“Being a survivor has opened doors of creativity and passion…I am now living the life of a survivor and continue to survive day by day…always finding my silver linings,” expressed Heather Bring about her experience with domestic violence. She has a Bachelor’s Degree in Theatre from Hollins University and is currently co-directing and performing in the play.

Tickets are now on sale for Behind Closed Doors—visit to purchase and to get additional information about SOAR and the play. Group packages are available; the play is an excellent medium for teaching students (over age 16 due to mature content) and others who want to KNOW MORE to DO MORE.

Behind Closed Doors is an eye-opening opportunity that shouldn’t be missed.

7 p.m. performance; 6:30 p.m. doors open

Location: Trinity Repertory Company, Dowling Theater, 821 Washington, Providence, RI

Friday, September 12, 2014

The level of media attention and public outcry around the Ray Rice case of domestic violence is astonishing. We have not seen this level of public dialogue about domestic violence since the O.J. Simpson trial over 20 years ago. Is it just a coincidence that both cases involved the world of the National Football League and its superstar heroes?

The current public discourse about domestic violence is complex, and there are many layers to peel back to get at the core of the issue. It is not simply about one individual’s assault on his fiancée. It is not simply about an institution’s policy to implement weak sanctions, or a decision to strengthen that policy. It is not about why it is so difficult for victims to simply leave an abusive situation. It is also not simply about the graphic evidence of a brutal assault shown in video footage. No, it is much more complex than any of these elements.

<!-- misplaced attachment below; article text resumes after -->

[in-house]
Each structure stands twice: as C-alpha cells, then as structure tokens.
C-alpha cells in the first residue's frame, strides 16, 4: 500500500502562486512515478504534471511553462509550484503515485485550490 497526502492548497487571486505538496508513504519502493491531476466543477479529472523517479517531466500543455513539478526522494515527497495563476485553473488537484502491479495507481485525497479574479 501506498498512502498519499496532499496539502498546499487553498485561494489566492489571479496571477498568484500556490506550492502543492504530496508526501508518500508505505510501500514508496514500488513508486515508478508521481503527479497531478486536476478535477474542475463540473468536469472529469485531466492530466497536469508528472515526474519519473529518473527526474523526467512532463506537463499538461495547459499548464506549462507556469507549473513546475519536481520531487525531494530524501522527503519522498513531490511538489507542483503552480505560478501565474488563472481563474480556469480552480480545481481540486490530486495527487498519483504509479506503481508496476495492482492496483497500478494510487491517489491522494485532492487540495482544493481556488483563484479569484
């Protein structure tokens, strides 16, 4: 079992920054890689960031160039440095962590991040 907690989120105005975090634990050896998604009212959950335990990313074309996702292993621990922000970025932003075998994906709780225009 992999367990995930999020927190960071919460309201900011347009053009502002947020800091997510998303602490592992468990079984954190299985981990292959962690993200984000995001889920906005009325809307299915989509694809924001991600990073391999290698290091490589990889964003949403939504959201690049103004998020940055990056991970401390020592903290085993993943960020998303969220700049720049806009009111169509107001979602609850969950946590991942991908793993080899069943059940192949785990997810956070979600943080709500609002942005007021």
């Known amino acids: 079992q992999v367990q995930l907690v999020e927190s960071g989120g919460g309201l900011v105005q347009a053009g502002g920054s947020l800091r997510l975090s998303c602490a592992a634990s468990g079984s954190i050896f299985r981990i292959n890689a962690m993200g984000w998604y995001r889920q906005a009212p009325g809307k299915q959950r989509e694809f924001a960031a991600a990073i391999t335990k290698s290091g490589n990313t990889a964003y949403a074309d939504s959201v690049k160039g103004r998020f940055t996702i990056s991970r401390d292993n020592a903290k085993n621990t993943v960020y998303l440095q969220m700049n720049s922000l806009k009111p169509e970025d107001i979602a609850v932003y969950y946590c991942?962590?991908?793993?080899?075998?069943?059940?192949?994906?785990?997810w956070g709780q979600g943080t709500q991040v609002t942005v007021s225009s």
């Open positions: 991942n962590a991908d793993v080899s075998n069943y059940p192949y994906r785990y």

For the first time in over two decades, people seem to be universally talking openly about domestic violence – at their dinner tables, at the water cooler, with their friends, families and coworkers. Everyone has an opinion. But it is important to take a step back and realize that this public conversation involves much more than initially meets the eye.

The Rhode Island Coalition Against Domestic Violence Celebrates 35 Years of Progress in the Movement to End Domestic Violence

Lisa Leslie, WNBA star, four-time Olympic gold medalist, and supporter of the national NO MORE campaign against domestic violence, joins the RICADV for a celebratory luncheon and VIP reception

Dave's Marketplace leads the RI business community as a champion sponsor of the RICADV's work to end domestic violence

[PROVIDENCE - August 4, 2014] This year, the Rhode Island Coalition Against Domestic Violence (RICADV) celebrates 35 years of progress and leadership in the movement to end domestic violence. The statewide nonprofit will hold its anniversary celebration on Thursday, October 9, at Rhodes on the Pawtuxet, hosted by Dan Jaehnig, WJAR NBC 10 News, and featuring special guest Lisa Leslie, WNBA legend, multiple MVP honoree, four-time Olympic gold medalist and supporter of the national NO MORE campaign against domestic violence.

"We are thrilled to have Lisa Leslie joining us as our guest of honor for this celebration. Lisa believes in supporting young women in sports because getting involved in athletics can encourage them to make healthy choices and can foster their future health and success. We know that engaging in sports often increases self-esteem, enhances social support networks and cultivates healthy lifestyles, decreasing some of the risk factors for domestic violence. We cannot wait to meet Lisa Leslie, an amazing role model not only for youth but for people of all ages. We invite Rhode Islanders to join us on this special day," said Deborah DeBare, Executive Director of the RICADV.

For decades, the RICADV has been a leader in the movement to end domestic violence, with its six local member agencies serving approximately 10,000 victims of domestic abuse every year and providing prevention and education services to about 9,000 youth annually. As the movement continues to evolve, advocates now know that domestic violence is a preventable public health issue – but ending domestic violence will take community involvement.